How Fast and High can Drones Fly?

How Fast and High can Drones Fly?

The two limits set by the FAA (Federal Aviation Administration) for how high you can fly in the United States is set at 400 feet and how fast you can fly is set at 100 mph. In Europe you can fly up to 500 feet high and up to 100mph.

These limits are generous, as not many drones can fly as high or as fast as the limits are set.

Most drones are locked via software for their max height to not go above 1500 feet, however, one man was able to take his drone 11,000 feet by adjusting his drones software. Below you can see a picture he took with his drone.

Drones Height

Height is limited on drones by internal software. But speed depends on the individual and isn’t usually hard capped by software. Of course you don’t want to go too fast or you’ll be breaking the law.

The fastest commercial drone ever released is the Yuneec Typhoon H Pro. It has a top speed of 70 mph.

Best Buy: Yuneec Typhoon H Hexacopter Pro with Intel® RealSense™ Technology  Gun Metal Gray YUNTYHBRUS

How to fly your drone fast and at max speed

First of all, let me get this straight it is almost impossible for you to break the law, most drones only go up 50 mph and even with the tips I give you, you aren’t going over the 100mph limit set by the law.

First things first: you need to lighten up your drone. Remove all unnecessary parts including the camera and landing pads if possible.

Your stuck with the basic shape of your drone, but there will be a part of the drone which is pointier or shaped in a way that lets air slide over it more easily. That’s the point to accelerate through the air.

This will make sure that the air gets pierced through easily, just like when a diver dives into a pool and the water gets displaced easier.

When flying check which way the wind is blowing. Obviously you want to fly your drone in the direction the wind is blowing. You can tell which way the wind is blowing by putting a little bit of liquid on your finger and sticking it in the air.

Lastly, go full throttle and see what your drone can do. Just make sure to do this in an open field and not in the middle of your home. Even if it’s a nano drone.

What is a Drone?

A drone usually refers to an unmanned and remote-controlled aircraft. Drones are used by militaries for recon operations and remote drone attacks. There are places so dangerous that you wouldn’t want to send a person in there. A drone will do just fine, as its job is to go places where it’s dangerous to send men.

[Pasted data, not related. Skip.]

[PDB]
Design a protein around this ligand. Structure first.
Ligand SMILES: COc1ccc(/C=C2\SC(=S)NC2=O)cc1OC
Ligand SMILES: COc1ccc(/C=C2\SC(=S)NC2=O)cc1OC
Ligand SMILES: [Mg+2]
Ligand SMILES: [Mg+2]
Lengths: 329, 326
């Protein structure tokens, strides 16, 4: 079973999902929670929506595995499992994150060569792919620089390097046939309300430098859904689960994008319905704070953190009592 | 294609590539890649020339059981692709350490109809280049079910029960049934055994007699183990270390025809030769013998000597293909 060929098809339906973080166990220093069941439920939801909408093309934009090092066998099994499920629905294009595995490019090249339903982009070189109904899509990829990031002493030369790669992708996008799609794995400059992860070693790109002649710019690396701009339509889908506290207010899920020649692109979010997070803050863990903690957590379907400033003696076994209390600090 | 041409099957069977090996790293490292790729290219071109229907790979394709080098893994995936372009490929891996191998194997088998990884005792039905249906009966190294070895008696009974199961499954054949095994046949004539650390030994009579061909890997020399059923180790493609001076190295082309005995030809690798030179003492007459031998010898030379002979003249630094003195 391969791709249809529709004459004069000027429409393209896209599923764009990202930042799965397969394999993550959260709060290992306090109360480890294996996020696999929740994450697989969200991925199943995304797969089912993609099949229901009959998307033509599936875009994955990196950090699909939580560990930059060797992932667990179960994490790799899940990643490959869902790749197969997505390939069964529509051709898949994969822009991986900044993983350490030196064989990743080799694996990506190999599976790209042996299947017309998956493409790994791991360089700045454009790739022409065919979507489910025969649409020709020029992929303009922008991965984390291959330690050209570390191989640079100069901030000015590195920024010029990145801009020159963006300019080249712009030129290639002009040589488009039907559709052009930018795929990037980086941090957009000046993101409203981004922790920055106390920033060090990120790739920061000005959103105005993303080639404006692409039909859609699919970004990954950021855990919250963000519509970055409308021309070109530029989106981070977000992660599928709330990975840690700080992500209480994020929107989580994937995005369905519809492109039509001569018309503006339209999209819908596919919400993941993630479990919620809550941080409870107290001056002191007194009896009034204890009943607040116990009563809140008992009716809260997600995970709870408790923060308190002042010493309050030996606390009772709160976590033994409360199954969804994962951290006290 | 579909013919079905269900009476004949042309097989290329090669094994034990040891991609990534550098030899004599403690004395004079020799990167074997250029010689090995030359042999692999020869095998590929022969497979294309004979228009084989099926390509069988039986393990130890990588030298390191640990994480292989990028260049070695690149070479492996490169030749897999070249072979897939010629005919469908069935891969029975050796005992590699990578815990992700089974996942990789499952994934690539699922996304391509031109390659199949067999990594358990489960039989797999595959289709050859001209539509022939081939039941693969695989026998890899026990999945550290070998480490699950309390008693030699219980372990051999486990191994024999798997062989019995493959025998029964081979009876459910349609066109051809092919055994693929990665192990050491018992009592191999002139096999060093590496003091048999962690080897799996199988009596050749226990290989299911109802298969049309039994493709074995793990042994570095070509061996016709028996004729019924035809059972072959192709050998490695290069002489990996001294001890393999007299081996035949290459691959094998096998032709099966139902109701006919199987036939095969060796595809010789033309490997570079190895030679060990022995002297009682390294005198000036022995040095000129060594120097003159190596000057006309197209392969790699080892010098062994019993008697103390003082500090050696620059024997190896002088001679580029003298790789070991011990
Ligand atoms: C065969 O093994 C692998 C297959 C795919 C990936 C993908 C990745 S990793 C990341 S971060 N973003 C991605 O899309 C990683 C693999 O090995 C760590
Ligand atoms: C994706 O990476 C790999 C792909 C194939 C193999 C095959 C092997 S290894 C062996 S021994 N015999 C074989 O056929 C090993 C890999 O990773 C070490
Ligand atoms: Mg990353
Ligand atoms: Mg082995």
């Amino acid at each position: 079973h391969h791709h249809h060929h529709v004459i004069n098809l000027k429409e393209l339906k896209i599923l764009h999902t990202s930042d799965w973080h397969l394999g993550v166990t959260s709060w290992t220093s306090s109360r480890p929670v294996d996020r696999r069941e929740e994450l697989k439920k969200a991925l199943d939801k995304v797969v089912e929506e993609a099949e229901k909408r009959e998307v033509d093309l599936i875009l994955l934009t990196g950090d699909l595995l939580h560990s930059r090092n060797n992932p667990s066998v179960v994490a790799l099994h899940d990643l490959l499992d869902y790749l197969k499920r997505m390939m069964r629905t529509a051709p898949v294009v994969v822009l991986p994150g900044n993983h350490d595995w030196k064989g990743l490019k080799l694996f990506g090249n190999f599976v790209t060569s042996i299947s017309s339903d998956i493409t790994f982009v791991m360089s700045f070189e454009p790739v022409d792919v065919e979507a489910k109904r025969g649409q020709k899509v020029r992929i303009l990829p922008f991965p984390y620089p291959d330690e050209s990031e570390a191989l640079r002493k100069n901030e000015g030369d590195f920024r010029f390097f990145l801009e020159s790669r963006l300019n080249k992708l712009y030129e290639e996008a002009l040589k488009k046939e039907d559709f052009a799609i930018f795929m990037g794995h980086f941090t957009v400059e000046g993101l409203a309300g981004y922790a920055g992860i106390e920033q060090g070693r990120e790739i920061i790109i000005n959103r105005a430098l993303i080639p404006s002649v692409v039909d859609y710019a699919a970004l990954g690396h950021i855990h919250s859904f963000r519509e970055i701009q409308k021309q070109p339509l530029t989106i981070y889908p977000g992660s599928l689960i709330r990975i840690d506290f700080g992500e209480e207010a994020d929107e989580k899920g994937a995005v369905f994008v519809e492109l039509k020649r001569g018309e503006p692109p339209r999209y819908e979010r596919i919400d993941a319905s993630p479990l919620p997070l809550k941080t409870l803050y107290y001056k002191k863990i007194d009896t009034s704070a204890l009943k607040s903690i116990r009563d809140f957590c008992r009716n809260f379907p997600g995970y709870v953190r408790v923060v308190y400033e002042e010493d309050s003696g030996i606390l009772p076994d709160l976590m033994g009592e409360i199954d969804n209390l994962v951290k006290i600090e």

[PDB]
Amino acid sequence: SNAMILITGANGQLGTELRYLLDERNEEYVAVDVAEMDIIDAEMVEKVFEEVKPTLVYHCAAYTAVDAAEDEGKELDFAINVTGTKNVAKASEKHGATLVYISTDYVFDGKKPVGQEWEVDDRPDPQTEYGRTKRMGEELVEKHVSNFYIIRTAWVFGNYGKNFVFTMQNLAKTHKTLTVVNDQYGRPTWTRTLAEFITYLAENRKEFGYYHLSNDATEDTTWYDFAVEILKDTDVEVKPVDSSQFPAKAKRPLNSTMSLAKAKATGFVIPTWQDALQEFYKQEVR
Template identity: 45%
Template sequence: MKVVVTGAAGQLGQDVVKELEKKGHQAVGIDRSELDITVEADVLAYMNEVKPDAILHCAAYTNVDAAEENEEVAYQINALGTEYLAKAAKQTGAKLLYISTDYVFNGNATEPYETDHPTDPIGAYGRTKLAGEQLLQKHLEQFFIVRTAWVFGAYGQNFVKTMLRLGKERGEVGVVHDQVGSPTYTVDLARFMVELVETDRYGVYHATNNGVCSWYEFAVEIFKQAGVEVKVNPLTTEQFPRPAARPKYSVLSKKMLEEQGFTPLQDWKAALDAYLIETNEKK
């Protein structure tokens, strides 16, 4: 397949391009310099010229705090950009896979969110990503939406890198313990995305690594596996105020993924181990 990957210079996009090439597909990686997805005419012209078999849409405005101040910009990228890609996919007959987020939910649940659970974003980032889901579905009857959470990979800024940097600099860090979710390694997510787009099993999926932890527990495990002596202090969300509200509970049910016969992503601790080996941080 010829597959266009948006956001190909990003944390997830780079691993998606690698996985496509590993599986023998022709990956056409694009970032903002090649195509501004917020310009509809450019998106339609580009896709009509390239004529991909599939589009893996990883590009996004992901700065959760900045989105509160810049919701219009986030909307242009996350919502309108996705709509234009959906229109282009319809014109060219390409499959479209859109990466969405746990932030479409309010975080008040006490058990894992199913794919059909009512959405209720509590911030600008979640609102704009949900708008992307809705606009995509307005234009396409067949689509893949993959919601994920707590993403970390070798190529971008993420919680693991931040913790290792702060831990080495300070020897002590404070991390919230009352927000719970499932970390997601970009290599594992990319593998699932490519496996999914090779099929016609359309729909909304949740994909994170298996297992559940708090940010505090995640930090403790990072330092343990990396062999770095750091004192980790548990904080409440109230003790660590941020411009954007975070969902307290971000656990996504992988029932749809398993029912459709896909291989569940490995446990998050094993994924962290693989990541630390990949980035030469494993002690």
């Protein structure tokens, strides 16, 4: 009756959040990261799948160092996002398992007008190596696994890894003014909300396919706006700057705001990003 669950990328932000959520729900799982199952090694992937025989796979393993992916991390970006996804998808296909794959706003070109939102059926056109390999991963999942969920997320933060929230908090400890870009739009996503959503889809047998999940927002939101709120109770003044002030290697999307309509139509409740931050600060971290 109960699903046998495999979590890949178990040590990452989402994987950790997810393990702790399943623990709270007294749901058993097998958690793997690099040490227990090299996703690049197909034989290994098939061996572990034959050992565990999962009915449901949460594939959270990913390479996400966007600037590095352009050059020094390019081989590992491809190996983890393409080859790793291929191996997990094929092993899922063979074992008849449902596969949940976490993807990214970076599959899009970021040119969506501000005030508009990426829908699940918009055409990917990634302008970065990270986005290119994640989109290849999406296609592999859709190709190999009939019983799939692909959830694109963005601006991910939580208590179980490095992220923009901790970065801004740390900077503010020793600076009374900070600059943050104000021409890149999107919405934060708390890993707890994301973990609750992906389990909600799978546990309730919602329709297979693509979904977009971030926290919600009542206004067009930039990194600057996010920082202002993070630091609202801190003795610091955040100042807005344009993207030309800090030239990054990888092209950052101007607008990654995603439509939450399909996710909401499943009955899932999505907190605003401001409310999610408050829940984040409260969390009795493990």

Drones used by the army look like this, but this is not the only type of drone they use.

There are different kinds of drones, from quadcopters to fixed wing drones.

What is a Quadcopter?

A quadcopter is a kind of drone, that refers to the drone which has 4 wings on it hence the name quad, quadcopters come in all shapes and sizes just like drones.

The most common shape looks something like this.

Drone vs Quadcopter

A drone refers to a flying device which is unmanned and controlled via remote control.

Quadcopters are drones with 4 wings.

Quadcopter vs Fixed Wings

Fixed Wing Drone for PPK GPS Aerial Surveying & UAV Mapping |

Fixed wings may or may not have propellers inside the wings for stationary take off.

The propellers help the drone get altitude while the wings help it glide around seamlessly.

Quadcopter on the other hand have 4 propellers and the wings are used to lift the drone up and off the ground.

Once flying, the speed of 2 propellers is increased or decreased in order to make it pitch towards a particular direction resulting in it moving in the direction.

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How Fast and High can Drones Fly?
Article Name
How Fast and High can Drones Fly?
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The two limits set by the FAA (Federal Aviation Administration) for high you can fly is 400 feet and how fast you can fly is 100 mph while, in Europe you can fly up to 500 feet high.
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Drones-Pro
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Hi, my name is Andrew Mcdonald and I am the editor and techincal wizard at Drones-Pro. I bought my first drone in 2012 and my passion for flying has only grown from there. I love drones and together with Josh Hayden have been an expert on Drones for over 8 years. I was raised in Iowa, but have since moved to Austin, Texas along with my wife and 2 dogs.